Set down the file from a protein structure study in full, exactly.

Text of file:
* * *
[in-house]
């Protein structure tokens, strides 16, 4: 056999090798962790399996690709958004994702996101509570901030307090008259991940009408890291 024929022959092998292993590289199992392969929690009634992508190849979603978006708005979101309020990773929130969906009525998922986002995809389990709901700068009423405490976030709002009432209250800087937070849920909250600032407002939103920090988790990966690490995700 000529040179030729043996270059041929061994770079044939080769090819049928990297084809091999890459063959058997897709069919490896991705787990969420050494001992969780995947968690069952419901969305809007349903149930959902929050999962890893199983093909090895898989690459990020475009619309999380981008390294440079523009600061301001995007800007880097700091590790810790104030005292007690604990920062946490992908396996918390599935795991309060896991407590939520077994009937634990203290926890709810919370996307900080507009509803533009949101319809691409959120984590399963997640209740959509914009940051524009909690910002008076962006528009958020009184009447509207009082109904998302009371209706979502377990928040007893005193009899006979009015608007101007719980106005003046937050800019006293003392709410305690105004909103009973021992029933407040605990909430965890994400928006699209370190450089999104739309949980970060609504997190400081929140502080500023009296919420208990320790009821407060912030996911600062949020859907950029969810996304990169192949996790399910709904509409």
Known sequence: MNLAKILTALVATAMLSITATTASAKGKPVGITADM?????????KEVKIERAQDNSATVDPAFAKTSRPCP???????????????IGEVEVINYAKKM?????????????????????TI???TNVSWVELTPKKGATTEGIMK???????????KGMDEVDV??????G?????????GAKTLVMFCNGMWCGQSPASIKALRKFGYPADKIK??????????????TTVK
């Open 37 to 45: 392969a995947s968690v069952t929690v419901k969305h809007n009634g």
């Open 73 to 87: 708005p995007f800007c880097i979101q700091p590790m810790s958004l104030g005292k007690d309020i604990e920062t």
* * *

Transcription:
[in-house]
């Protein structure tokens, strides 16, 4: 056999090798962790399996690709958004994702996101509570901030307090008259991940009408890291 024929022959092998292993590289199992392969929690009634992508190849979603978006708005979101309020990773929130969906009525998922986002995809389990709901700068009423405490976030709002009432209250800087937070849920909250600032407002939103920090988790990966690490995700 000529040179030729043996270059041929061994770079044939080769090819049928990297084809091999890459063959058997897709069919490896991705787990969420050494001992969780995947968690069952419901969305809007349903149930959902929050999962890893199983093909090895898989690459990020475009619309999380981008390294440079523009600061301001995007800007880097700091590790810790104030005292007690604990920062946490992908396996918390599935795991309060896991407590939520077994009937634990203290926890709810919370996307900080507009509803533009949101319809691409959120984590399963997640209740959509914009940051524009909690910002008076962006528009958020009184009447509207009082109904998302009371209706979502377990928040007893005193009899006979009015608007101007719980106005003046937050800019006293003392709410305690105004909103009973021992029933407040605990909430965890994400928006699209370190450089999104739309949980970060609504997190400081929140502080500023009296919420208990320790009821407060912030996911600062949020859907950029969810996304990169192949996790399910709904509409």
Known sequence: MNLAKILTALVATAMLSITATTASAKGKPVGITADM?????????KEVKIERAQDNSATVDPAFAKTSRPCP???????????????IGEVEVINYAKKM?????????????????????TI???TNVSWVELTPKKGATTEGIMK???????????KGMDEVDV??????G?????????GAKTLVMFCNGMWCGQSPASIKALRKFGYPADKIK??????????????TTVK
């Open 37 to 45: 392969a995947s968690v069952t929690v419901k969305h809007n009634g």
């Open 73 to 87: 708005p995007f800007c880097i979101q700091p590790m810790s958004l104030g005292k007690d309020i604990e920062t």